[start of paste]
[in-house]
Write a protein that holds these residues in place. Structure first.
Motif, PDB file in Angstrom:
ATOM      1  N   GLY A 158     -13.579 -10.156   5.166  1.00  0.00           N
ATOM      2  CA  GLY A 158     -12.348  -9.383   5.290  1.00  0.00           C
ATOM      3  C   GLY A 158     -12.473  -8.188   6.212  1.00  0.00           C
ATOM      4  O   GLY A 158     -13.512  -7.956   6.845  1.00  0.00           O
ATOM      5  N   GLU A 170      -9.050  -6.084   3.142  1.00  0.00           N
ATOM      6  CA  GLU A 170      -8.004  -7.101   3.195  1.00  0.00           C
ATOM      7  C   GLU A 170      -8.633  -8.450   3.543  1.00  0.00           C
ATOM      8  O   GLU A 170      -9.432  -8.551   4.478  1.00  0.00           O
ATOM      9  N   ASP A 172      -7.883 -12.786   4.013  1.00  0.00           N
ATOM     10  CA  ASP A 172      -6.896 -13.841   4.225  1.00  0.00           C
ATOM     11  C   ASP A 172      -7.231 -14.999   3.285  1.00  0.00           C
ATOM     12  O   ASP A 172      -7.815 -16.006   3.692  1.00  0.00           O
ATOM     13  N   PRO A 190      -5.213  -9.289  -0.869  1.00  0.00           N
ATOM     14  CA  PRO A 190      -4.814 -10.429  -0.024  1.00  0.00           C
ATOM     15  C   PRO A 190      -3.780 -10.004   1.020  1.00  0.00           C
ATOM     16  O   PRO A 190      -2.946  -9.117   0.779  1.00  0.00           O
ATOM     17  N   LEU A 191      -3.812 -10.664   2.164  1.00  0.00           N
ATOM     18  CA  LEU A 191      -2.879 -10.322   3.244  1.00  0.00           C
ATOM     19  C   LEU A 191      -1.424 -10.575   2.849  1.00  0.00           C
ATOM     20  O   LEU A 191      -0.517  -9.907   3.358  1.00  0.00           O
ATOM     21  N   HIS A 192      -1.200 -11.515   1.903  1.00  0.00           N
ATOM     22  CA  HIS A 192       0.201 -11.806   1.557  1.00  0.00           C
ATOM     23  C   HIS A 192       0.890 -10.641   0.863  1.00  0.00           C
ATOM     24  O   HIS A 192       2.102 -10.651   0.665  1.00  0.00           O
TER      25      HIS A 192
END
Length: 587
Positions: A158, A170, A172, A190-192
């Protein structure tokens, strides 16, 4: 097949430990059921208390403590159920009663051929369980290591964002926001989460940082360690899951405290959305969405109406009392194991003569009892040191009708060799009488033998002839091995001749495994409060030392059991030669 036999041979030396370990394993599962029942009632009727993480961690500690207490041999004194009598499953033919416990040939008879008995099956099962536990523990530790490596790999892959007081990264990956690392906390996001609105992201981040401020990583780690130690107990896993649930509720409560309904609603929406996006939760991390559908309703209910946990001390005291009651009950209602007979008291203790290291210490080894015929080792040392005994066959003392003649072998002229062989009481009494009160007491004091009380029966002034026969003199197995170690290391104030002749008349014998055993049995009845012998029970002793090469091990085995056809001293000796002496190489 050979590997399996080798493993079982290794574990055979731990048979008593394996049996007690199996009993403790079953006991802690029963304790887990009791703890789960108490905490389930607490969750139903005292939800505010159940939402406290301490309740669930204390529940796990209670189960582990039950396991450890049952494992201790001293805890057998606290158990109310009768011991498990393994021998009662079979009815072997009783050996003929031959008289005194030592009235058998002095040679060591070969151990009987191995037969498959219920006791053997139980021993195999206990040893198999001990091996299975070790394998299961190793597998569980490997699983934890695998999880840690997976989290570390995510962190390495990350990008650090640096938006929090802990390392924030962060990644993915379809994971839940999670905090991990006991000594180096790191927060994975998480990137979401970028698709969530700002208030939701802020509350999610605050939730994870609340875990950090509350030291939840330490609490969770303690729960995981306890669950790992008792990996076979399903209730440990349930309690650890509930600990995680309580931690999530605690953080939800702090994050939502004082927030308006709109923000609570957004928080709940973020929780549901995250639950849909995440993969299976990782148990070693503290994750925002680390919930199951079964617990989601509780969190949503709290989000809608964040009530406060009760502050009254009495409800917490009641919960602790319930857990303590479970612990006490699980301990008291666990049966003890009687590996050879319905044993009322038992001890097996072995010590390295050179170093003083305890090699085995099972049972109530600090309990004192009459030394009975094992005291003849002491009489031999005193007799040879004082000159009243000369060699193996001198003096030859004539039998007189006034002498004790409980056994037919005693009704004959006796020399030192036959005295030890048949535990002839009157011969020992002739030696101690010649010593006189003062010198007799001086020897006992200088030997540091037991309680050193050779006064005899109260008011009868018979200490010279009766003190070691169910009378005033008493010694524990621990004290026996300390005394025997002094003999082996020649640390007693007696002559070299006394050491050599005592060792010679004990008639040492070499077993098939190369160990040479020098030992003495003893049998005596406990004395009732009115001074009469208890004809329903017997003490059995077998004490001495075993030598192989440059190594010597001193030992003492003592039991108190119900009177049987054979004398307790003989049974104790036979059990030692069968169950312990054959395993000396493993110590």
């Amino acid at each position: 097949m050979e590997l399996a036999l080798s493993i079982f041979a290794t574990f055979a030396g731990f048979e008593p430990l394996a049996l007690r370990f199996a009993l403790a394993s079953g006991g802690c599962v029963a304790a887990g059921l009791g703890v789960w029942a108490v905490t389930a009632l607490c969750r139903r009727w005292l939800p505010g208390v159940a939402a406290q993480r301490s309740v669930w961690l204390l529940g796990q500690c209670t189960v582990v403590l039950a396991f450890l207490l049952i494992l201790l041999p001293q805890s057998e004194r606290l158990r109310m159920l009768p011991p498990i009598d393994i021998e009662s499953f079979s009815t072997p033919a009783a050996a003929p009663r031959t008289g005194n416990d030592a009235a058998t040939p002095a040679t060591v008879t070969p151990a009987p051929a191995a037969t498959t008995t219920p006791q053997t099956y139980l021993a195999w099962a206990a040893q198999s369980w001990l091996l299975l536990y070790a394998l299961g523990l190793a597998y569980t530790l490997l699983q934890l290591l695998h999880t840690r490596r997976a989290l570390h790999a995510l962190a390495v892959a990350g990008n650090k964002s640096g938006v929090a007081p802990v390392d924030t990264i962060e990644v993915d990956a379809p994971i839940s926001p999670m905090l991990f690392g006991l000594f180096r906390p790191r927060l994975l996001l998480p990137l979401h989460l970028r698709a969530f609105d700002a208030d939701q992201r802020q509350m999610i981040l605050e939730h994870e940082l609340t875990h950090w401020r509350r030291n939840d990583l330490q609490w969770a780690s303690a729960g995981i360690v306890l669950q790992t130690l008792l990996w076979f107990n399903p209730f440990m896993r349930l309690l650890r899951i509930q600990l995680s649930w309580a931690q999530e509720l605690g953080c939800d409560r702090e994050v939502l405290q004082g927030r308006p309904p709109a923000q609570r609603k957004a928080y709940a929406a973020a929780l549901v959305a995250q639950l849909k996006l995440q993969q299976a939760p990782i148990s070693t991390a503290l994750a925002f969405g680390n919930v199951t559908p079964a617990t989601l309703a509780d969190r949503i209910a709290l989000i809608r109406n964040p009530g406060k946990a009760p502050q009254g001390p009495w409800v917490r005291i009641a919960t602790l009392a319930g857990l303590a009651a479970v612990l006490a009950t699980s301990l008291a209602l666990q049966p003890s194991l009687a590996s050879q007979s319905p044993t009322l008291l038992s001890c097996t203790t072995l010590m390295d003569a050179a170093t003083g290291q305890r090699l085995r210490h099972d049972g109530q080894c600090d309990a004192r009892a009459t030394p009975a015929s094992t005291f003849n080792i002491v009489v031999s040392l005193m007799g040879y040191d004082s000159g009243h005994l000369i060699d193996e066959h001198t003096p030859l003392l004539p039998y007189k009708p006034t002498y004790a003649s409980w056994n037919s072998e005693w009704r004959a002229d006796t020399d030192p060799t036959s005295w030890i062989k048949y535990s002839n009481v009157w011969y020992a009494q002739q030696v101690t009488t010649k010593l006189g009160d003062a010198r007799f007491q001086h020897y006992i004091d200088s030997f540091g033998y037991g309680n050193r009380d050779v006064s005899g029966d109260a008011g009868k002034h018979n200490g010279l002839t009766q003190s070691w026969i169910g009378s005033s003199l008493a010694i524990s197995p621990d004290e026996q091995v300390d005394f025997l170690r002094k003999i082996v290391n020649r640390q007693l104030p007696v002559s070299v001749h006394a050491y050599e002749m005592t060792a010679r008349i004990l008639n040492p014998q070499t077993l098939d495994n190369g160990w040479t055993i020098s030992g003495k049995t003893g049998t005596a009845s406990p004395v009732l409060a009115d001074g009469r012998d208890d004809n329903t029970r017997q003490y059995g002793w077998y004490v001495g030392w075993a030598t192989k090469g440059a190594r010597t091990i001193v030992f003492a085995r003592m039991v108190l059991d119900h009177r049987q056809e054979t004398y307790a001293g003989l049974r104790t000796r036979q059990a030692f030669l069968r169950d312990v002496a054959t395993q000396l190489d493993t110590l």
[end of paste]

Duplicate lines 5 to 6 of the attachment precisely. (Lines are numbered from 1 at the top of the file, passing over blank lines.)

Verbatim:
ATOM      2  CA  GLY A 158     -12.348  -9.383   5.290  1.00  0.00           C
ATOM      3  C   GLY A 158     -12.473  -8.188   6.212  1.00  0.00           C